The government has withdrawn its decision to raise LPG prices by Rs 4 per cylinder every month as the move was seen contrary to its Ujjwala scheme of providing free cooking gas connections to the poor. The government had previously ordered public sector oil marketing companies to raise domestic cooking gas (LPG) prices by Rs 4 per cylinder every month beginning June 2016 with a view to eliminating subsidies. The order was, however, withdrawn in October, a top source said. Later in the evening, Oil and Gas Minister Dharmendra Pradhan said that as of today there is no plan to increase or decrease the basic subsidy and would be provided to needy consumers. Subsequently, Indian Oil Corporation (IOC), Bharat Petroleum Corporation Ltd (BPCL) and Hindustan Petroleum Corporation Ltd (HPCL) have not raised LPG prices from October.
Previously, the oil firms were authorised to increase price of subsidised domestic LPG cylinder by Rs 2 per 14.2-kg cylinder per month (excluding VAT) with effect from July 1, 2016. Oil companies had hiked LPG rates on 10 occasions since that go-ahead. Every household is entitled to 12 cylinders of 14.2-kg each at subsidised rates in a year. Any requirement beyond that is to be purchased at market price. The quantum of hike was doubled through an order dated May 30, 2017. That order authorised the state-owned firms to continue to increase the effective price of subsidised domestic LPG by Rs 4 per cylinder effective June 1, 2017, per month (excluding VAT) till the reduction of government subsidy to ‘nil’ or March 2018 or further orders, whichever is earlier.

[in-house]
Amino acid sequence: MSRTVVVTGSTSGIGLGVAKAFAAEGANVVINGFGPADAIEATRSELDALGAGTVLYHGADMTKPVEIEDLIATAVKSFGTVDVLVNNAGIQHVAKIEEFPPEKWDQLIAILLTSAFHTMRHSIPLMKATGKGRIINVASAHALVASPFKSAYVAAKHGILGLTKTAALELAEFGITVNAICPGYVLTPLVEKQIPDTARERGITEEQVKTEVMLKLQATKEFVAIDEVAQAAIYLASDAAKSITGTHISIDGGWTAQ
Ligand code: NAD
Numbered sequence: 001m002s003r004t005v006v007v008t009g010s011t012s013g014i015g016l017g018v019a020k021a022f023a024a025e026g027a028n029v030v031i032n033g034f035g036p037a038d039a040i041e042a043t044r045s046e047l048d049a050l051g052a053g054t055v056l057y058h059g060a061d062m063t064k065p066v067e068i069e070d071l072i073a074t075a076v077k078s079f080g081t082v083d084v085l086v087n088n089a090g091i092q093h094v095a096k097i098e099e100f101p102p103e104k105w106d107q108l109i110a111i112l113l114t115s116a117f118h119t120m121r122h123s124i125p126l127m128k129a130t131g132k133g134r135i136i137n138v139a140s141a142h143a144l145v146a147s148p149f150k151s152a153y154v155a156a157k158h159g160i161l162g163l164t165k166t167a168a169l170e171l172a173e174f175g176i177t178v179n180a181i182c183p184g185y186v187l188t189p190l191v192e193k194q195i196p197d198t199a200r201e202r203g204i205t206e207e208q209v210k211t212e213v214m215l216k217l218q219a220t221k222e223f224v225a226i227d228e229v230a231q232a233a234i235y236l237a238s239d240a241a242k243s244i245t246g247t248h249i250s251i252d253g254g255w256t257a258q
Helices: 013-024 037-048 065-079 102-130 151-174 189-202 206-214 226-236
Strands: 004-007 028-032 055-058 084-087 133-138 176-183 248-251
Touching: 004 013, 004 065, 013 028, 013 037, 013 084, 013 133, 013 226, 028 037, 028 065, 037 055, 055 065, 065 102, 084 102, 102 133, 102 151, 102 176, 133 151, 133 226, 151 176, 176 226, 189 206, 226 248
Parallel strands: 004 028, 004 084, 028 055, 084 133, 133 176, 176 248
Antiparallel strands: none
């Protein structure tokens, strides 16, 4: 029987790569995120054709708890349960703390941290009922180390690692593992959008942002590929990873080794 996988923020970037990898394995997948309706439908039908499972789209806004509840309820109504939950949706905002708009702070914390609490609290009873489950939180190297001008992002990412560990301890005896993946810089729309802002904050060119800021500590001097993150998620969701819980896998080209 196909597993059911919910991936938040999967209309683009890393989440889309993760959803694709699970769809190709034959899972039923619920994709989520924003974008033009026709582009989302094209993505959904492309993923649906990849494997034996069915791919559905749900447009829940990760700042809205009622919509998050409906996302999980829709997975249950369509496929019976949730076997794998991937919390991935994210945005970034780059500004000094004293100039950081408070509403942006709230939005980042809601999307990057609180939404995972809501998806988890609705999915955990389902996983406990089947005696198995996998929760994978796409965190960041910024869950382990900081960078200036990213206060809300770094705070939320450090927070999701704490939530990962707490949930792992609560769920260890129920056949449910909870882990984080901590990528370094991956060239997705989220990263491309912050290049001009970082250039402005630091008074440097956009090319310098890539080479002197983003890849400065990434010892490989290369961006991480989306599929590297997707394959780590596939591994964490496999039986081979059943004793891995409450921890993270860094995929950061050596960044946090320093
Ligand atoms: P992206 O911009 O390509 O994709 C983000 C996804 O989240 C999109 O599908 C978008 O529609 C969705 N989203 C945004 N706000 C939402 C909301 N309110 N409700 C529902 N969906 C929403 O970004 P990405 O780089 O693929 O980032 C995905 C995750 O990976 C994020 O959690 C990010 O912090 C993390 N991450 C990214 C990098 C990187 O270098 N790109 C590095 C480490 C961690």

The source said it was felt that raising prices was giving a contrary signal to users. On the one hand, the government was pushing for giving free cooking gas connections to the poor, but on the other, it was raising prices every month. To correct this, the order was withdrawn, he said. He also said there have been increase in price of subsidised LPG even after October mainly because of taxation issues. The taxation issue arose after implementation of the direct benefit transfer (DBT) scheme in which consumers are paid subsidy amount directly in their bank accounts, which is supposed to be used to buy market-priced LPG. “Before DBT, LPG was available at dealers at subsidised price. VAT was levied on that subsidised price. Now, LPG is only available at market price and GST is applicable on that price. Besides being higher than the subsidised price, the market price fluctuates every month, compelling changes in retail prices to account for the taxes,” he explained.
Cooking gas LPG price has been hiked by Rs 76.5 in 19 instalments in 17 months. State-owned oil marketing companies since July last year revise price of LPG on 1st of every month. The price of subsidised LPG was last raised by Rs 4.50 per cylinder on November 1 to Rs 495.69, according to a notification issued by state-owned firms. A 14.2-kg LPG cylinder was priced at Rs 419.18 in June 2016. According to the Petroleum Planning and Analysis Cell (PPAC) of the oil ministry, there is a subsidy of Rs 251.31 on every 14.2-kg subsidised LPG cylinder. Incidentally, the non-subsidised or market priced LPG rates were raised by Rs 5 per cylinder to Rs 747 a bottle on December 1. Non-subsidised LPG rates have moved in tandem with their cost since December 2013.
There are as many as 18.11 crore customers of subsidised LPG in the country. These include over 3 crore poor women who were given free connections during the last one year under the Pradhan Mantri Ujjwala Yojana. There are 2.66 crore users of non-subsidised cooking gas, including those who gave up subsidy on call by Prime Minister Narendra Modi.